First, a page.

Mastiff by Tamora Pierce
My rating: 5 of 5 stars
Reviews that start with, "First, let me say how much I love this author and this series..." are never good for a reader to see. Unfortunately, a lot of Beka and Tamora fans are going to be saying that.
As a standalone book this is amazing. A sort of Medieval Without A Trace. This is not a disappointing book, it is a different book.
First of all, do yourself a favor and read Terrier and Bloodhound first. They are wonderful stories and you will never be able to enjoy them the same once you've read Mastiff.
Beka is back and she is the same amazingly good, shy, loyal and incredibly intelligent young woman we all love and remember. Her surroundings have changed considerably though. She's pulled from the Lower City of Corus and thrust into the Northern wilds of Tortall in order to find the crown prince, a four year old who has been kidnapped in order to destroy and replace the monarchy.
Along comes trusty* Tunstall, her partner who is a wonderful sort of father/brother figure. Pounce and Achoo are along as well, providing much of the lightheartedness. Lady Sabine, who keeps a leash on Tunstall's moodiness. And a new character, Farmer Cape, a kennel mage from Blue Harbor who is either a complete fool, or the smartest one of all.
The good first:
Farmer Cape: A wonderful character! So well developed, so well thought out...he had me guessing in the first 50 or so pages, but once I got him I instantly loved him. He's a rascal that one, but a really good guy at the core. I think this is possibly the best character that Tamora has ever written, replacing Nawat and Nealan in my affections.
Gershom: The main father figure for Beka, and a great man he is. We don't see a lot of him, as per usual, but everytime you see him he's so in character that you love him. It was because he vouched for Farmer that I could trust a new mage.
The bad guys: They are seriously bad. I mean really. I was impressed and sickened by the zeal with which they killed things. Younger audiences will likely need supervision reading this, because if their imaginations are good this could induce nightmares. Holes blown in castles, people being melted, eaten by bugs and flies, strangled and left for dead wherever they are killed. Bloody I tell you.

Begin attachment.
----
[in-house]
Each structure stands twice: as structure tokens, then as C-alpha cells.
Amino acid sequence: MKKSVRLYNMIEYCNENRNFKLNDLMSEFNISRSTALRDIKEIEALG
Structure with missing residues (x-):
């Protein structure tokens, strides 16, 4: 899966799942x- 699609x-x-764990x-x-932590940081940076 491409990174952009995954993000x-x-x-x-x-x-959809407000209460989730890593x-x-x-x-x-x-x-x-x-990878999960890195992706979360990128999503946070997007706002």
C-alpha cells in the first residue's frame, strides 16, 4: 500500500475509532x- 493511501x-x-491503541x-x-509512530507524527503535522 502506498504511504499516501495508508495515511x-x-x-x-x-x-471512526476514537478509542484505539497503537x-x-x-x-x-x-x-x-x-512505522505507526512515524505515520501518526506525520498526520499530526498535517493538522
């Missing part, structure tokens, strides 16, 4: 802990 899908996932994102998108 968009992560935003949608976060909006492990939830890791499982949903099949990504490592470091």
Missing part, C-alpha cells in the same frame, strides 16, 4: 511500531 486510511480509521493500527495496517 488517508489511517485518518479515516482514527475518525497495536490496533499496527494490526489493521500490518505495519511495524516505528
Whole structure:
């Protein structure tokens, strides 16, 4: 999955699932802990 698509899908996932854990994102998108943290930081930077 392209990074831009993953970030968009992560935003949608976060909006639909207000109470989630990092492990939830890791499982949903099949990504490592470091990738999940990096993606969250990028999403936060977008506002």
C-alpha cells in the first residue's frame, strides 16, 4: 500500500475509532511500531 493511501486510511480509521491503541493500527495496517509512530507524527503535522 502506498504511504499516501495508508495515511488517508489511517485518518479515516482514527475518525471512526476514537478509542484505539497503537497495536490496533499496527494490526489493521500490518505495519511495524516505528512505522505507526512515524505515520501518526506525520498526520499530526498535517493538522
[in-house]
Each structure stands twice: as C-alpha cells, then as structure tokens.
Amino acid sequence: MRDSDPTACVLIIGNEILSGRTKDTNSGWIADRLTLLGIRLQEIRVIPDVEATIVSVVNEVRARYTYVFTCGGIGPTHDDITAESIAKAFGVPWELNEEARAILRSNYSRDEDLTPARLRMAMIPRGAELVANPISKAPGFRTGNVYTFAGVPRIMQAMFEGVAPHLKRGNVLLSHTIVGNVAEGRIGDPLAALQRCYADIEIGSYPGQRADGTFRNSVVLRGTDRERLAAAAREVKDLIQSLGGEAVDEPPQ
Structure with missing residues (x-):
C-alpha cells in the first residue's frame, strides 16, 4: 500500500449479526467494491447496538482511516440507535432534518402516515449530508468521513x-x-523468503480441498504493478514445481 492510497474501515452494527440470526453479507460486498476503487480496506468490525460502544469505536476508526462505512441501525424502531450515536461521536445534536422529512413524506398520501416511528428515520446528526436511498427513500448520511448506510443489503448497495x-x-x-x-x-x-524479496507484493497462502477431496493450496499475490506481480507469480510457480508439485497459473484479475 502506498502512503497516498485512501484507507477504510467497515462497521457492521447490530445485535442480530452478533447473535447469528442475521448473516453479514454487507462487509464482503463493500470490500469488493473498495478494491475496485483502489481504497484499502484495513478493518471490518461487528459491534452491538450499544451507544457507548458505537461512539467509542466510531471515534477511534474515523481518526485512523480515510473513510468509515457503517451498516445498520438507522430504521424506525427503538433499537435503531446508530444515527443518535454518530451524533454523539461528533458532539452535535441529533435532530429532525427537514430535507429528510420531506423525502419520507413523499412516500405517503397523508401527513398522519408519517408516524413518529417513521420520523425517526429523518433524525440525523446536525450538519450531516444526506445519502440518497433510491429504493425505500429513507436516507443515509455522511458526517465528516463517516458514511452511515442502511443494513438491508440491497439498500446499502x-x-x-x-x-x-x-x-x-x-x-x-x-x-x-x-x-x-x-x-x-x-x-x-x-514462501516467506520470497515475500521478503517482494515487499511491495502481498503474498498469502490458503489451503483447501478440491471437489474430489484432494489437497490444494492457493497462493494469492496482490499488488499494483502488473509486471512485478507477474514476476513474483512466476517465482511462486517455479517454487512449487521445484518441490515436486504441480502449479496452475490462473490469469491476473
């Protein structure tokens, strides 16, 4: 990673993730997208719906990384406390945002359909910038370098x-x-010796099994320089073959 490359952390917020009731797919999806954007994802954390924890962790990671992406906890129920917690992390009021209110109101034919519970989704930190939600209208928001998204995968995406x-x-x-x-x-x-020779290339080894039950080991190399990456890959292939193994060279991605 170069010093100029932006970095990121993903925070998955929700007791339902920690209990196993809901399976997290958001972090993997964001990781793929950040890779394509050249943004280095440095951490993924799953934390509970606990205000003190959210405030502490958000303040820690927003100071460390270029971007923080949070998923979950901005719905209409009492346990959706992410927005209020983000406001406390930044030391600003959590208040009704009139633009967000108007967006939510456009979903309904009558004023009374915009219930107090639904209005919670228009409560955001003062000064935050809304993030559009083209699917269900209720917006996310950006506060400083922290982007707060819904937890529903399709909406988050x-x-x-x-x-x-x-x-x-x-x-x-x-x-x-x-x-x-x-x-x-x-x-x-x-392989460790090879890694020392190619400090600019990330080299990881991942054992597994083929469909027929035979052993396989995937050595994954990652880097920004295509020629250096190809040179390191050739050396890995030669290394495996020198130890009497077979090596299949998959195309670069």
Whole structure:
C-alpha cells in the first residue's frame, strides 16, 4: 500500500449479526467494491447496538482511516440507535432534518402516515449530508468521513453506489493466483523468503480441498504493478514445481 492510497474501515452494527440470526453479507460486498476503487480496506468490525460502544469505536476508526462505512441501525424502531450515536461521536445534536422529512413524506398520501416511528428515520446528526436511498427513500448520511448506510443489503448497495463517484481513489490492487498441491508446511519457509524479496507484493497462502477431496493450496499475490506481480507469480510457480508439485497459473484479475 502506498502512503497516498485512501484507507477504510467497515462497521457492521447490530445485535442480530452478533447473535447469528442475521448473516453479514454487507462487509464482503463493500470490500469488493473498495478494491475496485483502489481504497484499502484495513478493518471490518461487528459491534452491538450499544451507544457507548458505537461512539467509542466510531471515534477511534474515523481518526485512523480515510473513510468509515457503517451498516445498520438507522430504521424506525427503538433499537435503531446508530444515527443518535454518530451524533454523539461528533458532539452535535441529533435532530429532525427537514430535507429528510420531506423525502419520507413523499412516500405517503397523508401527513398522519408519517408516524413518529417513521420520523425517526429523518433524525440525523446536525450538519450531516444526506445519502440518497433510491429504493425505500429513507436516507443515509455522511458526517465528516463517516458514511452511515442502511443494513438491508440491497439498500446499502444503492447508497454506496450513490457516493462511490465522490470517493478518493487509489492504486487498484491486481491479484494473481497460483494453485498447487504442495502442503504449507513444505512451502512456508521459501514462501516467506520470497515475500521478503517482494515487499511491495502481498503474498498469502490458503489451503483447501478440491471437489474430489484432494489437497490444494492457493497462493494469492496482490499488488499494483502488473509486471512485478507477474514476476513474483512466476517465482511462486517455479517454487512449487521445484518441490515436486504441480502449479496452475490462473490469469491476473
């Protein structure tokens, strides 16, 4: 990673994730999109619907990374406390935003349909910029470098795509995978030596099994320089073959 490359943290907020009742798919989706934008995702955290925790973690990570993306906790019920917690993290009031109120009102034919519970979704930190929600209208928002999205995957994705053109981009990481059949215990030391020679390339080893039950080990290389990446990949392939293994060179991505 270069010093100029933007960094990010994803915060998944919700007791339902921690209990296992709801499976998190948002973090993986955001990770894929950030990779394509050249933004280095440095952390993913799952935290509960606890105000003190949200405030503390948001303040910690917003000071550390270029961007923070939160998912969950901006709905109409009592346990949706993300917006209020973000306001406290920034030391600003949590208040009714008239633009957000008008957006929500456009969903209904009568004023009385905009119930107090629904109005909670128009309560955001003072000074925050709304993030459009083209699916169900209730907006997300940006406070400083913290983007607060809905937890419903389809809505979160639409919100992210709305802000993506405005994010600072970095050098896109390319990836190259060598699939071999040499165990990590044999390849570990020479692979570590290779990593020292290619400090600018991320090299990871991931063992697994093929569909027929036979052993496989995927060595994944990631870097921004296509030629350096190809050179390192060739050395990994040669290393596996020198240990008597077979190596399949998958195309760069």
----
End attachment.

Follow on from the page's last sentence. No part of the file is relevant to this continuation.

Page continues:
I liked the pacing in this book too. I have read that some felt it too slow, others too fast, but I'm happily in the middle. It felt realistic in length, and I'm glad there's over 500 pages. The Hunt was vvery real, and quite frustrating at times, but that is what makes Tamora so good. That and how compelling her characters are.
The Epilogue is genius and totally makes me want to read Song of the Lioness again, even though I recently finished it (for the sixth time).
I was firmly in Camp Rosto and have been terribly disappointed in this respect during the last two books. I really wish he had been more in the mix. That being said, I think Farmer was a much better choice for Beka. They are highly complimentary personalities and it will not try her honor to be with him as it would with Rosto, King of Thieves.
Tunstall: Heart=broken. I love, love LOVE Tunstall and the twist just shattered me. I was really hoping that Beka was wrong about a traitor among the four of them, but I should have realized that couldn't be so. I would have been more comfortable with it being Sabine whom I never liked much. I think the fact that this twist has inspired such passionate reactions is likely the work of genius, but I am too close to the event to see clearly. All I know is how much I love Tunstall and how completely out of character his actions were in this book. I also think Beka should have been even more broken up, but realize perhaps she did not wish to dwell on that in her writing.
I do not believe that I will be able to read Terrier and Bloodhound again for some time though, as I will constantly be looking at Tunstall with disbelief and shock.
This book was much different from Tamora's other writings, but the Beka Cooper books have been different from the beginning, having a much more police-show orient than medieval lords and ladies feel. I reallly did love it, but I am still trying to get over Tunstall.
I think the hallmark of a good series is this though: I wish there was another book coming!
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